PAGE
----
Do you know,
I would quietly slip
from the loud circle,
When first I know
the pale stars are blooming.
Ways will I elect
that seldom any tread,
In the pale ev’ning meadows.
And no dream but this:
You come too.
–Rainier Maria Rilke
October 11th, 2012 · No Comments
September 21st, 2011 · 6 Comments
If, like me, you’ve got one or more BAHA sound processors, you probably have searched for a decent direct audio input (DAI aka Euro plug) cord or cable to connect the sound processors to your iPod, iPhone, laptop, Discman, whatever. I’ve tried several and I’ve finally settled on the one I think is the best. I’m passing it along here because it’s probably easier to find than buried in the BAHA_PPL Yahoo group.
The one I’ve been using and enjoying the most comes from Oaktree Products and the item number is DPV1M. Here’s a direct link: http://goo.gl/HBsLz That link goes to the bilateral version. If you only need one side (monaural), look for item number DPS800 or here’s a direct link: http://goo.gl/DxtvJ NOTE: I’ve got no financial interest in either the manufacturer of the cable, nor the retailer. I’m just a happy customer.
The reason I think this is the best DAI cord/cable is that the DAI connector is gold plated and the sheath covering the wires is rubberized. I do a lot of physical activity which invariably gets sweat around the BAHA units. Typical cords have a silver colored connector and it quickly starts to corrode and need cleaning/maintenance. The gold plated connector resists this kind of corrosion better. The rubberized sheath is very similar to current iPod earbud cables, which resist tangling when coiled. They are very nice. The best part is that my binaural cord is cheaper than the monoaural cord sold by Cochlear.com. And Cochlear.com doesn’t even sell a binaural cord (as of this writing…I heard it’s in the works).
The one catch to all this is that the seller of the cables, Oaktree Products, is a wholesaler to audiologists. So you’ll need to either be an audiologist or have your audiologist put in the order for you. Their shipping was pretty quick–I ordered a couple of cables and had them within a week. These cables are so good that I never want to run out (in case of loss or damage), so I think I’ll be ordering up another couple pretty soon.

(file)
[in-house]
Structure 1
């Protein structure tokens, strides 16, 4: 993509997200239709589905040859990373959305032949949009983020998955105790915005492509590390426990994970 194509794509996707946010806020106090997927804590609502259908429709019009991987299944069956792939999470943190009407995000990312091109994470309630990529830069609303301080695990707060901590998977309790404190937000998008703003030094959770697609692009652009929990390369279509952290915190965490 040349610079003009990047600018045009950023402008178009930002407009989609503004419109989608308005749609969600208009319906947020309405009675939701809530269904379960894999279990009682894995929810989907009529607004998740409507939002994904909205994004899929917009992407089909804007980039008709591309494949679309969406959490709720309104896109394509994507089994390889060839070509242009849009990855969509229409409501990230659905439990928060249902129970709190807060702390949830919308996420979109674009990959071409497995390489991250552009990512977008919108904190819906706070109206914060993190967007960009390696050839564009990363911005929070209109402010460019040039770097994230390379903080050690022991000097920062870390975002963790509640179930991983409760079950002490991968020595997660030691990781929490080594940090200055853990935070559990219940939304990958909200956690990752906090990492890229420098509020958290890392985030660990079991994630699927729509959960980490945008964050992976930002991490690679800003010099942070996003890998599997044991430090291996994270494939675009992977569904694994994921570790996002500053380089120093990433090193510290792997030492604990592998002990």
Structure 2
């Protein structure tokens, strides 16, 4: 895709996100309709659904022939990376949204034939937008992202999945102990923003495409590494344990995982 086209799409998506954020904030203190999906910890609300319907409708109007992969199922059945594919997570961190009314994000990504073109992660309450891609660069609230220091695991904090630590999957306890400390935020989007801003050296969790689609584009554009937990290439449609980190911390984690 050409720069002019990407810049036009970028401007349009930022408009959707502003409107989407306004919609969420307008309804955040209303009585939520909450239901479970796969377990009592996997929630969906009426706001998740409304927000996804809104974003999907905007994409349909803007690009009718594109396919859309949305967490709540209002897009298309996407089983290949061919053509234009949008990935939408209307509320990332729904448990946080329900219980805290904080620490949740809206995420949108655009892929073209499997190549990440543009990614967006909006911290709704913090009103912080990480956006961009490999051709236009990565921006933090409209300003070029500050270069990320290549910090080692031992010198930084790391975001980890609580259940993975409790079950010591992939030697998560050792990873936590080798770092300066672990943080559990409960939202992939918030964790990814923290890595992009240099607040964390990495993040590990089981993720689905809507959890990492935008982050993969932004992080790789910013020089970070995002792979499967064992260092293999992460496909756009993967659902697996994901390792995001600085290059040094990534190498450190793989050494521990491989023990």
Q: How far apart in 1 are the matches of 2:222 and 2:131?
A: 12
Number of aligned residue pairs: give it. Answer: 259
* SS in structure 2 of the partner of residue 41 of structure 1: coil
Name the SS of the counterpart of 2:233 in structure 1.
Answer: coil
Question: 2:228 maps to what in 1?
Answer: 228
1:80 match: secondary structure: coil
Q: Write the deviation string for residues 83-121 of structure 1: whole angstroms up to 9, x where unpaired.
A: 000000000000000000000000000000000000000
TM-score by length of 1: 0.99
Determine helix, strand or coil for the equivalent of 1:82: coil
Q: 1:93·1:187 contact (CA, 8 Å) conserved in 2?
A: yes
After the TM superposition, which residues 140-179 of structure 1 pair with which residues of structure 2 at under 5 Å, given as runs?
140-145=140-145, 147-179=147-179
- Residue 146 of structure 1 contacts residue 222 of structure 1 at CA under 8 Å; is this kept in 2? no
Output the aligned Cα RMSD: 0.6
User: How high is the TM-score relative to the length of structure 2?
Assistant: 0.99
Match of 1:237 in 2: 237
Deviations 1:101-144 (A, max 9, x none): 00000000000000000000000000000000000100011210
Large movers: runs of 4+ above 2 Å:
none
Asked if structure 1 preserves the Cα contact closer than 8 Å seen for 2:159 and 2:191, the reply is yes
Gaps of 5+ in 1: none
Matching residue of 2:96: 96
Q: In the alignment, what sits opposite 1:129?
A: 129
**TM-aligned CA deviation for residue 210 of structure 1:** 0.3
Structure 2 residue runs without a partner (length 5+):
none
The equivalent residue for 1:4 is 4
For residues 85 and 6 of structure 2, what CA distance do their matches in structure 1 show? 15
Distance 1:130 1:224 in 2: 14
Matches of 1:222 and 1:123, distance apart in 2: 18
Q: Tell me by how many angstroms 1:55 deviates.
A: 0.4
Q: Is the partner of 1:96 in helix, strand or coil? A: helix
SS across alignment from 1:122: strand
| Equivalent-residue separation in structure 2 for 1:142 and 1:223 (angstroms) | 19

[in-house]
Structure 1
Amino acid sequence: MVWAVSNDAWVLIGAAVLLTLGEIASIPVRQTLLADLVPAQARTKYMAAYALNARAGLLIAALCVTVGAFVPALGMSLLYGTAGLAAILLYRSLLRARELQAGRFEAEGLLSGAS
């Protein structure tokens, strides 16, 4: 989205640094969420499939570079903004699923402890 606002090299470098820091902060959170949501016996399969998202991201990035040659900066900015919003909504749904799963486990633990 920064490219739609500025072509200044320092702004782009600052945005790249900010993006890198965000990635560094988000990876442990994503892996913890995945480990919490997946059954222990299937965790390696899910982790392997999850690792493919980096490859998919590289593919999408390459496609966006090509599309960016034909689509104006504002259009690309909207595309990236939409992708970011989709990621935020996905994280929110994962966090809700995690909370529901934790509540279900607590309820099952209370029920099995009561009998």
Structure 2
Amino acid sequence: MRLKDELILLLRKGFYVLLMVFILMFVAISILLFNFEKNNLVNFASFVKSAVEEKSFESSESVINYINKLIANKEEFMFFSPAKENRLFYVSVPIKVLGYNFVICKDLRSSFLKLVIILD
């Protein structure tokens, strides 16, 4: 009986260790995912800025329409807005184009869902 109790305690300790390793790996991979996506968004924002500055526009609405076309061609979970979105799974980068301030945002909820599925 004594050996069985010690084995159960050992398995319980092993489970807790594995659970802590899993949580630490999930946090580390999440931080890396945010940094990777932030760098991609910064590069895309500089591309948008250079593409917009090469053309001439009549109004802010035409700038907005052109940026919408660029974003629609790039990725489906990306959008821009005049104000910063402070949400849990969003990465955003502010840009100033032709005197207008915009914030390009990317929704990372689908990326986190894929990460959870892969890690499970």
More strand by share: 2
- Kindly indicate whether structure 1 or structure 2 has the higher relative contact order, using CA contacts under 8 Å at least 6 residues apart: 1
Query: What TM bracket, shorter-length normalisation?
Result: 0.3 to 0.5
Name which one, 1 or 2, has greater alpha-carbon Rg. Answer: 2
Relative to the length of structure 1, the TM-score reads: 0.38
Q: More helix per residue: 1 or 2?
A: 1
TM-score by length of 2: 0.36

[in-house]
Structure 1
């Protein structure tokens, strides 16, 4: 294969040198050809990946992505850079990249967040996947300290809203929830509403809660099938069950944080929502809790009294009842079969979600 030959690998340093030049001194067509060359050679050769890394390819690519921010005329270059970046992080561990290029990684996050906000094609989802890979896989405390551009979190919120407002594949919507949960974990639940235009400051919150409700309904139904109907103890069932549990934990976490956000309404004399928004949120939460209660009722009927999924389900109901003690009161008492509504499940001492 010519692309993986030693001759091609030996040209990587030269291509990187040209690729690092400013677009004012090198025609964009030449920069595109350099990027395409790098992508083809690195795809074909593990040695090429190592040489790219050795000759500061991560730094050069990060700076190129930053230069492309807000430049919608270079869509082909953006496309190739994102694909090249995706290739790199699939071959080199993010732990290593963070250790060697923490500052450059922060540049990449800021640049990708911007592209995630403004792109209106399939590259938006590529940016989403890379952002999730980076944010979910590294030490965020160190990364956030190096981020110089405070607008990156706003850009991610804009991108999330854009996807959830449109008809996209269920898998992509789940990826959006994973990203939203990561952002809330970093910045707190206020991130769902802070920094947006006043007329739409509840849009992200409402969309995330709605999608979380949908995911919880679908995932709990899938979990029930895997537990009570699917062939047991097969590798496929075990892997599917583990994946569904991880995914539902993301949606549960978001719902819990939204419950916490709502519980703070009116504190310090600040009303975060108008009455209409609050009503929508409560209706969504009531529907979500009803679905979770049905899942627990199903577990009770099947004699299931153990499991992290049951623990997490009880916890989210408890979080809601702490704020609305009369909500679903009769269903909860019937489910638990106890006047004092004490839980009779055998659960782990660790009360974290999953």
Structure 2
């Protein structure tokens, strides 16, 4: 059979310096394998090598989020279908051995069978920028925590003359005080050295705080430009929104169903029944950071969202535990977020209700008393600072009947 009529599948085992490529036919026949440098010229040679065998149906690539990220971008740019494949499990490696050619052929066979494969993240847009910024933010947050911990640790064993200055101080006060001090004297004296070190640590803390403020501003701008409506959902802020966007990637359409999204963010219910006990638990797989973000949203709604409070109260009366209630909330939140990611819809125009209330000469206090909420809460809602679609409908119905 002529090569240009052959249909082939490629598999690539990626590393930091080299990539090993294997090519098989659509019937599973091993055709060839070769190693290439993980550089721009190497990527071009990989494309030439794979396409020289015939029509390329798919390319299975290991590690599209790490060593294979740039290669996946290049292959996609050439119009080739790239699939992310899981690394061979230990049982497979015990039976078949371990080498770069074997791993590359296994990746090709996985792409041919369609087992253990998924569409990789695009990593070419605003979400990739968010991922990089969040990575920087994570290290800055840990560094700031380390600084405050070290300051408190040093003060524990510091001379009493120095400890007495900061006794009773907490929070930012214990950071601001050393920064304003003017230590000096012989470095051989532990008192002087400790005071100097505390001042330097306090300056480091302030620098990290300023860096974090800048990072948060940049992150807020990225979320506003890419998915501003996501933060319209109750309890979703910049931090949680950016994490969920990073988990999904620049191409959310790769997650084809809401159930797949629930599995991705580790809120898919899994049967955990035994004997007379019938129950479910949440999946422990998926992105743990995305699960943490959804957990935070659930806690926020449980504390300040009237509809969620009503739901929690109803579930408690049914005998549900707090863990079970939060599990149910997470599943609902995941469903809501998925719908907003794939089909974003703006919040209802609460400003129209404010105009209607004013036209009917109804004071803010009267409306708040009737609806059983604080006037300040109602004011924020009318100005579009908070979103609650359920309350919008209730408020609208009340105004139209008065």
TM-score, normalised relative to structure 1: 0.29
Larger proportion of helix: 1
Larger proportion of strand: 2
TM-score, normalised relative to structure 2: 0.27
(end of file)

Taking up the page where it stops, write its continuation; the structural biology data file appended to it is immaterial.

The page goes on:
March 18th, 2011 · No Comments
Asher recently lost his first tooth, and vlogged about it (I guess he’s a vlogger now). We dug up Truman’s first tooth video as well. Here they are for comparison. They’re both 6 years old in these videos…
February 1st, 2011 · 3 Comments
After a 3 month wait for titanium to integrate with bone, today I was fitted with two new sound processors. These new digital devices replaced my old analog hearing aid, which had been limping along these past few years. One major benefit is that I’ve now got bilateral hearing for the first time in 43 years. That’s pretty sweet. The sound processors also accept Direct Audio Input (DAI) accessories, so I can use Bluetooth stuff or get a direct connection from audio sources (iPhone, laptop, etc) to the sound processors. That’s really nice. And the processors have a mode where the external microphone can be turned off and the only input is from the plugs…for me that’s tantamount to a very nice noise canceling headphone.